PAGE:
III. ACCENT. Accent consists in laying a particular stress on a certain syllable, or the syllables of a word, which gives such syllable or syllables, force, and marks the grammatical form.
To contest .
Examples Some poets may be compared with others, but Milton and Shaks peare are in'comparable. The regular accent would be incom'parable.
IV. EMPHASIS Emphasis produces a primary beauty of oratory; it gives the nice distinctions of meaning, the refined conceptions which language is capable of expressing, and imparts a force and harmony to composition which its absence would render liteless, and frequently unintelli. gible.
* See Walker's Critical Pronouncing Dictionary.
The following question will prove the great nicety and utility of emphasis; for the mode of emphasising it, will give four different meanings: " Do you go to Europe this year?" If the question be asked without a stress on any particular word, the replicant may say yes, or no; if on you, he may say no, I send. If on Europe, he may say no, to India. If on this year, he may say no, next year. The best rule for emphasising justly, is to study the true meaning of the author, and lay the stress upon such words as you would make impressive, were you conversing upon the same subject. The following examples will sufficiently elucidate the force and beauty of Emphasis.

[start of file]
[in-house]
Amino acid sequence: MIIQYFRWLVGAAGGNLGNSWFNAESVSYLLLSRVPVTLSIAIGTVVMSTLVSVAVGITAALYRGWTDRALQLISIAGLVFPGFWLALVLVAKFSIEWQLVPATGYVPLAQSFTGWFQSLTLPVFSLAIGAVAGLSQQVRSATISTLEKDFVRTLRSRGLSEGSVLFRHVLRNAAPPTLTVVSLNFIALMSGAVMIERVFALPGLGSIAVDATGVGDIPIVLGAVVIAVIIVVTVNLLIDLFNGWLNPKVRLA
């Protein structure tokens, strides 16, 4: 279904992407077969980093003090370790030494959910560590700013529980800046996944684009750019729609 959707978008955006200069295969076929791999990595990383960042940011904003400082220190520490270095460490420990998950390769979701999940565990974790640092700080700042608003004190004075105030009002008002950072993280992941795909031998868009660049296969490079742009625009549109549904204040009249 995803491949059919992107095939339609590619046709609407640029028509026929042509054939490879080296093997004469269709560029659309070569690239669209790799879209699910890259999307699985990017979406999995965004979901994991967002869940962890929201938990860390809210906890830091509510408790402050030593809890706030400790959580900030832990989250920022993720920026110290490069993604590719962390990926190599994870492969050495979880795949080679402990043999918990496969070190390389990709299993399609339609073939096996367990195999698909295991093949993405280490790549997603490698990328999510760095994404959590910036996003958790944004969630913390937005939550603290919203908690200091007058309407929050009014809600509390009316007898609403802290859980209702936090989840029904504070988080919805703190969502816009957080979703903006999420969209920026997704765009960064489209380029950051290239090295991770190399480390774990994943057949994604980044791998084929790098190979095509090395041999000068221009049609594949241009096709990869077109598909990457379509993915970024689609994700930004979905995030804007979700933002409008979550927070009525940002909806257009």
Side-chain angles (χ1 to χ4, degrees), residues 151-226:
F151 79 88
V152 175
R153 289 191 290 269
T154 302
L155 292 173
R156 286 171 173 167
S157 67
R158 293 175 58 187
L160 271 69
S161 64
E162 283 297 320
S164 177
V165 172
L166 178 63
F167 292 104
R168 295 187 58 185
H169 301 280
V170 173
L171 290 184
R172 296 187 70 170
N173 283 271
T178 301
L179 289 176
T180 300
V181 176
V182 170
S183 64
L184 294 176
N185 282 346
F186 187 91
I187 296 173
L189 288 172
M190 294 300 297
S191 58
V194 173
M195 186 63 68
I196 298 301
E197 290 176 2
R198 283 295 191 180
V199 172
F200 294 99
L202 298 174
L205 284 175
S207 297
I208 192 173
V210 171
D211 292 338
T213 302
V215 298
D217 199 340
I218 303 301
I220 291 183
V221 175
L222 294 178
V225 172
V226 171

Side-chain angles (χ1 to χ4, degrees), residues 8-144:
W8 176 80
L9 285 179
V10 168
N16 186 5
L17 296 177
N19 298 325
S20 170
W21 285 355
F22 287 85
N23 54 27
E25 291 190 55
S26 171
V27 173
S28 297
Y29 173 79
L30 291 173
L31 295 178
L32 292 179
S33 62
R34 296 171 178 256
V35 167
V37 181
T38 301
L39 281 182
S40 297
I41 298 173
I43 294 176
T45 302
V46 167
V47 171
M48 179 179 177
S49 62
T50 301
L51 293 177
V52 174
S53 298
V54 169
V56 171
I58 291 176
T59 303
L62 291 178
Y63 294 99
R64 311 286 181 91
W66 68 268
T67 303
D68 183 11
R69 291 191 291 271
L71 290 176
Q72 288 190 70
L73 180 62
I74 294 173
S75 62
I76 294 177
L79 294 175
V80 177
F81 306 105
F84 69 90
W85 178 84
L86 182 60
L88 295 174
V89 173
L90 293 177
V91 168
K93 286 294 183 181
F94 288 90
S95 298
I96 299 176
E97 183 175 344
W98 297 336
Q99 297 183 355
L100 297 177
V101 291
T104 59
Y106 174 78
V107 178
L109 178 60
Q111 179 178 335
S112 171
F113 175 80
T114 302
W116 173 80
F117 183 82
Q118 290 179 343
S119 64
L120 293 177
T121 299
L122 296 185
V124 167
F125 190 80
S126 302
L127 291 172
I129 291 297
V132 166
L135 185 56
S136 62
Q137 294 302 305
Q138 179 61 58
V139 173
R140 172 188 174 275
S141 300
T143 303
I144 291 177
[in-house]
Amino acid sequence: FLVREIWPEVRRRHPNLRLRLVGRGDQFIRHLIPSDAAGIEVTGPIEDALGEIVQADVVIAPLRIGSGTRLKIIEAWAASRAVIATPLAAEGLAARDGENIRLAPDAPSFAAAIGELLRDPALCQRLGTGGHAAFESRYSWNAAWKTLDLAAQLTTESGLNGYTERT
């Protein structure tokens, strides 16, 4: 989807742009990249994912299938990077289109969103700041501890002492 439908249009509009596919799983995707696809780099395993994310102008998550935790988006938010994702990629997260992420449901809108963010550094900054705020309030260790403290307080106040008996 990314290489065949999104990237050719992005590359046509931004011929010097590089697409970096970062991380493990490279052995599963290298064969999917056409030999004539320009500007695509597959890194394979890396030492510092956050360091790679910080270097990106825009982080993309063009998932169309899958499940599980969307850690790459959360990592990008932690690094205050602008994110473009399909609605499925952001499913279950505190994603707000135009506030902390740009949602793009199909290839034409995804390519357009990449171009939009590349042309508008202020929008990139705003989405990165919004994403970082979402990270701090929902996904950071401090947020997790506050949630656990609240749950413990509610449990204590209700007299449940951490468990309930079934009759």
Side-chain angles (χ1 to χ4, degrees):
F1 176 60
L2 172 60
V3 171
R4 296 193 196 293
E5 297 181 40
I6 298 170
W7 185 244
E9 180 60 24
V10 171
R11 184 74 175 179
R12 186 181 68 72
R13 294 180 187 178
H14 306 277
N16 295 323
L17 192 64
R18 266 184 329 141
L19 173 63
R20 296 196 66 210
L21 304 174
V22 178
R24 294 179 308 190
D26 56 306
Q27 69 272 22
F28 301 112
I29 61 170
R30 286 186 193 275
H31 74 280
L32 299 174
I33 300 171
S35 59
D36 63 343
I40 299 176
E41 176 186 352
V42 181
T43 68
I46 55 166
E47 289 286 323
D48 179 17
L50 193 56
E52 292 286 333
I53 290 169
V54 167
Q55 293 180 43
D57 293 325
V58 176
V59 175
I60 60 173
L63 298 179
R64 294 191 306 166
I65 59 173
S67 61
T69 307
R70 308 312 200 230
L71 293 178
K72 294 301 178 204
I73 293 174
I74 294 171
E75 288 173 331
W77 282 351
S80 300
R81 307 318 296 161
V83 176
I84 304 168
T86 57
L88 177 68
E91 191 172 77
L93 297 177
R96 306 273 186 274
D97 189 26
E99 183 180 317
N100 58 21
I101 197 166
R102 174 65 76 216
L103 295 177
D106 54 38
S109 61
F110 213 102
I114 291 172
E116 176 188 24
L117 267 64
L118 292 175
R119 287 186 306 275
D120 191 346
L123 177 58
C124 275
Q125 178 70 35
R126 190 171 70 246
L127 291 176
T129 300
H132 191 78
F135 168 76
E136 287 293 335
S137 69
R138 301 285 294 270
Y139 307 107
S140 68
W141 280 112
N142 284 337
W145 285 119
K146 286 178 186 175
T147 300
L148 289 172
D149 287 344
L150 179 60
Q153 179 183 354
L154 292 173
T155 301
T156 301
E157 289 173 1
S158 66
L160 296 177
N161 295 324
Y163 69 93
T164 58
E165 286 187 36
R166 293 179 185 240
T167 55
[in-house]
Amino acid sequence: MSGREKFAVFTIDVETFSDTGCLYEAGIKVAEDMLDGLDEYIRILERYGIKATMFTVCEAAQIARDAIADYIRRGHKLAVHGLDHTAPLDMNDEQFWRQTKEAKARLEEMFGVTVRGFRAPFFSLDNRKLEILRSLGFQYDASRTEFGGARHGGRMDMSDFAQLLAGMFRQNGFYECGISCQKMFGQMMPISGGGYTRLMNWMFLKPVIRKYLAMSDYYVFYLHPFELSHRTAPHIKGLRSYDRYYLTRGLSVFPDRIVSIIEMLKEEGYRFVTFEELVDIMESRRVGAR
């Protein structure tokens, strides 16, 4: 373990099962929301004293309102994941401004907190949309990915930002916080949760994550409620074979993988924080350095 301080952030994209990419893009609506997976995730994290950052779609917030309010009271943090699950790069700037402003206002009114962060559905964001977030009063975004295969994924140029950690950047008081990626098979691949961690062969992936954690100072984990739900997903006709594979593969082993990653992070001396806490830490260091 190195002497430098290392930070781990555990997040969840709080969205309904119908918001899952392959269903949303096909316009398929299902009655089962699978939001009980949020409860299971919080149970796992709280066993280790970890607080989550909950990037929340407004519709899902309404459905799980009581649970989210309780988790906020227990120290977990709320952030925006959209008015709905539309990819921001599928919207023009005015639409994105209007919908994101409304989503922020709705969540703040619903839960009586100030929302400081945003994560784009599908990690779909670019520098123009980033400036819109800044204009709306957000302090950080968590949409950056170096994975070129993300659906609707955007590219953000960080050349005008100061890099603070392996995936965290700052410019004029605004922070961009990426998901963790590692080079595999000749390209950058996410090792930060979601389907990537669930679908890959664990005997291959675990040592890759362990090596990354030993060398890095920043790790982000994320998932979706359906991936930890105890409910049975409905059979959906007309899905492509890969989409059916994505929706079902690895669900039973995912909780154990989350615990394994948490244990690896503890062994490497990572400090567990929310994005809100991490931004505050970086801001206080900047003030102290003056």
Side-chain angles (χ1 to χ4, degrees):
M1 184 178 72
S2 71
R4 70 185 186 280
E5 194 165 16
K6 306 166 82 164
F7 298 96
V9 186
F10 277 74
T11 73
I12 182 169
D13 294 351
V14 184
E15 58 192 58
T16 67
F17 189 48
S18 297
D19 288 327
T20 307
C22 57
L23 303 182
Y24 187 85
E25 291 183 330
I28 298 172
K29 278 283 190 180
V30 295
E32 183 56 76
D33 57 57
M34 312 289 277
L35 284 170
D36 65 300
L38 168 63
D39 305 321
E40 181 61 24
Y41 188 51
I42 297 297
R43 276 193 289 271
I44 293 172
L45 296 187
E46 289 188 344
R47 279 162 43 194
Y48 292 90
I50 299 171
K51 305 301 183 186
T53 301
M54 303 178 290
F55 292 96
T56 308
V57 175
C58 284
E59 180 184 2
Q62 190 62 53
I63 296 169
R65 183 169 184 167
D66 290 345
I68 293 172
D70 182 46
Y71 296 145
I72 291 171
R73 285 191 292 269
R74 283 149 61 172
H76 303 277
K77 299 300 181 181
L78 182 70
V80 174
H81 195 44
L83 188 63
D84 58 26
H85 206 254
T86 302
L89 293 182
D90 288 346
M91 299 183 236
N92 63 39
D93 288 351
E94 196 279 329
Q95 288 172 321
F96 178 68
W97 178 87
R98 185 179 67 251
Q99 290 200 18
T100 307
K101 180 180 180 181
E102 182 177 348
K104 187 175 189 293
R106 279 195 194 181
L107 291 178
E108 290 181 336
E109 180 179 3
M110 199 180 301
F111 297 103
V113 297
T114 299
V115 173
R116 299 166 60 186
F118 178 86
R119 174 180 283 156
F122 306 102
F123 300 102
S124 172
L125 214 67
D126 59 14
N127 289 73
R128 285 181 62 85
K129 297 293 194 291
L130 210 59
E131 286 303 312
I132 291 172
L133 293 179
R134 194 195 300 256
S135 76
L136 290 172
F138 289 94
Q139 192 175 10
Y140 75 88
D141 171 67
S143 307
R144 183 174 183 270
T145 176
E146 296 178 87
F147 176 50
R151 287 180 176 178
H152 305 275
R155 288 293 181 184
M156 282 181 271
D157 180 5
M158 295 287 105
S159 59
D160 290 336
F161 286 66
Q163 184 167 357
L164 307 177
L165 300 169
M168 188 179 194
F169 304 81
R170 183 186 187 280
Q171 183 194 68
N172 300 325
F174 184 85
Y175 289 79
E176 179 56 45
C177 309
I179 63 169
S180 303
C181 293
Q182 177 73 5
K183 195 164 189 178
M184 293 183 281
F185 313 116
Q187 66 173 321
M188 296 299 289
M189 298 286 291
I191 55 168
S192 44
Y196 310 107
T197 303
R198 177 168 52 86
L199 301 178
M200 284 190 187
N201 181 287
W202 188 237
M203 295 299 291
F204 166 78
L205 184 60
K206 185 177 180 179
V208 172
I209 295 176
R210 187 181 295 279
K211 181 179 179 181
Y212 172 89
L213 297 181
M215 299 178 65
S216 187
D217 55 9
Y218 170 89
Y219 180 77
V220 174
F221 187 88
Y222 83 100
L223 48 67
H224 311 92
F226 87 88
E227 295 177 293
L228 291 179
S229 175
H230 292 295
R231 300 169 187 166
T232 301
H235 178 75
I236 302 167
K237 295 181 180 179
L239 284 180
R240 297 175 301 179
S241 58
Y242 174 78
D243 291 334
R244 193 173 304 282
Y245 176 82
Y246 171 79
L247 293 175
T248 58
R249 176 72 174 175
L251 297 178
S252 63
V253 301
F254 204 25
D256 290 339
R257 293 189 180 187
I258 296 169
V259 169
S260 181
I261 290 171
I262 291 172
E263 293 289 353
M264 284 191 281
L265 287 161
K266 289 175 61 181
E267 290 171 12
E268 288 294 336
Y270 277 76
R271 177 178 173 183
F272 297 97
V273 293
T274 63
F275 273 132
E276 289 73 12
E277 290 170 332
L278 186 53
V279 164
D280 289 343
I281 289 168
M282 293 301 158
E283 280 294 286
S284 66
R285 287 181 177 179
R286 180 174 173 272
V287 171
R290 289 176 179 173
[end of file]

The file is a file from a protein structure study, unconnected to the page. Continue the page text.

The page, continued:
" It must be so-Plato thou reason'st well
Thus am I doubly arm’d. My death and life,
TRAGEDY OF Cata
« The quality of mercy is not strained ;
MERCHANT OF VENICE.
And the Lord sent Nathan unto David. And he came unto him, and said unto him, there were two men in one city; the one rich and the other poor.
“The rich man had exceeding many flocks and herds;
“ But the poor man had nothing save une little ewe-lamb, which he had bought and nourished up; and it grew up together with him, and with his children ; it Jid eat of his own meat, and drink of his own cup, and lay in his bosom, and was unto him as a daughter.
“And there came a traveller unto the rich man, and he spared to take of his own flock and of his own herd, to dress for the way. faring man that was come unto him; but took the poor man's lamb, and dressed it for the man that was come to him.
“ And David's anger was greatly kindled against the man; and he said to Nathan, as the Lord liveth, the man that hath done this thing shall surely die ;